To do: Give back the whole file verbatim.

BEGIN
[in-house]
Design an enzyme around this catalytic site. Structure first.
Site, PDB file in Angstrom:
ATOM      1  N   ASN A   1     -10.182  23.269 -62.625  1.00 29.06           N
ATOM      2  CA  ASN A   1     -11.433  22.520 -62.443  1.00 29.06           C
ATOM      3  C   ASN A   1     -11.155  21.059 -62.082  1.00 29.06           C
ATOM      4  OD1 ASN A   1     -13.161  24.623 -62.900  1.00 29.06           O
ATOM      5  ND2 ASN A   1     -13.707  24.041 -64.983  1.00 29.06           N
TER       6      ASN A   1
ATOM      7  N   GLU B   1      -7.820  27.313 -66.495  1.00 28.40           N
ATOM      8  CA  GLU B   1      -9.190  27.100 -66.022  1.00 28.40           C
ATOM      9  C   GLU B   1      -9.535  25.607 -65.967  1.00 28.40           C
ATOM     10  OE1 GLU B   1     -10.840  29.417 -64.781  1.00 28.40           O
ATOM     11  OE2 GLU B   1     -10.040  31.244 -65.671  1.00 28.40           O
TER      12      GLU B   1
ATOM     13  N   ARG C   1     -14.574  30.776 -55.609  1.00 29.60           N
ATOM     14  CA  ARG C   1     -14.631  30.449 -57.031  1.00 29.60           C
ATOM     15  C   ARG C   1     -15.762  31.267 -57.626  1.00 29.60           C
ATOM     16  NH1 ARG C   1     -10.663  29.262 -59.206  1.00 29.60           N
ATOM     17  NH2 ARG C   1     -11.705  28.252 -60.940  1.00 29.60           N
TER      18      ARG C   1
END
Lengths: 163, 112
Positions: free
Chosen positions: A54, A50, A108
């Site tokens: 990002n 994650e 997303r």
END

[in-house]
Design an enzyme around this catalytic site. Structure first.
Site, PDB file in Angstrom:
ATOM      1  N   ASN A   1     -10.182  23.269 -62.625  1.00 29.06           N
ATOM      2  CA  ASN A   1     -11.433  22.520 -62.443  1.00 29.06           C
ATOM      3  C   ASN A   1     -11.155  21.059 -62.082  1.00 29.06           C
ATOM      4  OD1 ASN A   1     -13.161  24.623 -62.900  1.00 29.06           O
ATOM      5  ND2 ASN A   1     -13.707  24.041 -64.983  1.00 29.06           N
TER       6      ASN A   1
ATOM      7  N   GLU B   1      -7.820  27.313 -66.495  1.00 28.40           N
ATOM      8  CA  GLU B   1      -9.190  27.100 -66.022  1.00 28.40           C
ATOM      9  C   GLU B   1      -9.535  25.607 -65.967  1.00 28.40           C
ATOM     10  OE1 GLU B   1     -10.840  29.417 -64.781  1.00 28.40           O
ATOM     11  OE2 GLU B   1     -10.040  31.244 -65.671  1.00 28.40           O
TER      12      GLU B   1
ATOM     13  N   ARG C   1     -14.574  30.776 -55.609  1.00 29.60           N
ATOM     14  CA  ARG C   1     -14.631  30.449 -57.031  1.00 29.60           C
ATOM     15  C   ARG C   1     -15.762  31.267 -57.626  1.00 29.60           C
ATOM     16  NH1 ARG C   1     -10.663  29.262 -59.206  1.00 29.60           N
ATOM     17  NH2 ARG C   1     -11.705  28.252 -60.940  1.00 29.60           N
TER      18      ARG C   1
END
Lengths: 163, 112
Positions: free
Chosen positions: A54, A50, A108
């Site tokens: 990002n 994650e 997303r």